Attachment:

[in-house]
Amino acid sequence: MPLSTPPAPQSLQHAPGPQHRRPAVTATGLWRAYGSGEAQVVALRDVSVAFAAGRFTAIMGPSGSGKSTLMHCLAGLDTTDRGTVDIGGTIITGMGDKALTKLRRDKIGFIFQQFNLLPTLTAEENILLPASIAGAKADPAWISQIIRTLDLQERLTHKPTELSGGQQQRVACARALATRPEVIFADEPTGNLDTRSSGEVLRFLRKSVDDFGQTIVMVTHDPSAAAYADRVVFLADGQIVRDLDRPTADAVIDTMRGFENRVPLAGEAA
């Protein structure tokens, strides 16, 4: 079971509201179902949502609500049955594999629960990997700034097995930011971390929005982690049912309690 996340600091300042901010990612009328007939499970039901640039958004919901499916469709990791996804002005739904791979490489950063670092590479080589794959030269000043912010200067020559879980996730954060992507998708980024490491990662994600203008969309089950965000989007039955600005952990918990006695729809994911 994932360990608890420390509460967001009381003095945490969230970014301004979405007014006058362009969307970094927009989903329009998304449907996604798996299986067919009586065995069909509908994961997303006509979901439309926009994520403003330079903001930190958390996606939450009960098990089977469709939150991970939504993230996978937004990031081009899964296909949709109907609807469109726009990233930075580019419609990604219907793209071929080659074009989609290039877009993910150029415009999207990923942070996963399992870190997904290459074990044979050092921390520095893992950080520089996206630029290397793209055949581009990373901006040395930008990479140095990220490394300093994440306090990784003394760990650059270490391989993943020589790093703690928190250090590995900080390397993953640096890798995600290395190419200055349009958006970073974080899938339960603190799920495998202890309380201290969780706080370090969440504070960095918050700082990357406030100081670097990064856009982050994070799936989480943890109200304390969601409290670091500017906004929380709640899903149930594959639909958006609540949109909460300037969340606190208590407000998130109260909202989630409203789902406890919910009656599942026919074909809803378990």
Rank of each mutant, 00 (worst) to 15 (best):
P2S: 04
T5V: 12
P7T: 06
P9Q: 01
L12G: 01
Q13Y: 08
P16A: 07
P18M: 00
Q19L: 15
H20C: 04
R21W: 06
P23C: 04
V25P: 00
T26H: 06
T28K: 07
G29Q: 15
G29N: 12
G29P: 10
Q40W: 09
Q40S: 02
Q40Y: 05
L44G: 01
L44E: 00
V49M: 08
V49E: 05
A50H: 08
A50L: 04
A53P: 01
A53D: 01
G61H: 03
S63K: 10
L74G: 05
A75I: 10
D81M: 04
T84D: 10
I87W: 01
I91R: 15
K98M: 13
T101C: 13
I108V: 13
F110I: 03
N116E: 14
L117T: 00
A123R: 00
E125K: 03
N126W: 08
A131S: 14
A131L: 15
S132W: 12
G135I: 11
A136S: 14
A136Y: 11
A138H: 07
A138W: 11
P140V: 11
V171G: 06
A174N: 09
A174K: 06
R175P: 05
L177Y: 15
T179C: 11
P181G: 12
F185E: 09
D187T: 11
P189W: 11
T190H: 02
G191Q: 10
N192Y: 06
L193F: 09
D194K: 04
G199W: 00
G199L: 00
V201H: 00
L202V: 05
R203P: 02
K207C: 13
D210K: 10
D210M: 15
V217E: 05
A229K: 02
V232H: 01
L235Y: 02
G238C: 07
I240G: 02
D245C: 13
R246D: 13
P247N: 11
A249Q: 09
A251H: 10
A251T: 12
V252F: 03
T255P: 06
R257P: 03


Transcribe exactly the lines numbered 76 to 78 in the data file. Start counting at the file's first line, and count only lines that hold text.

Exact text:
G199L: 00
V201H: 00
L202V: 05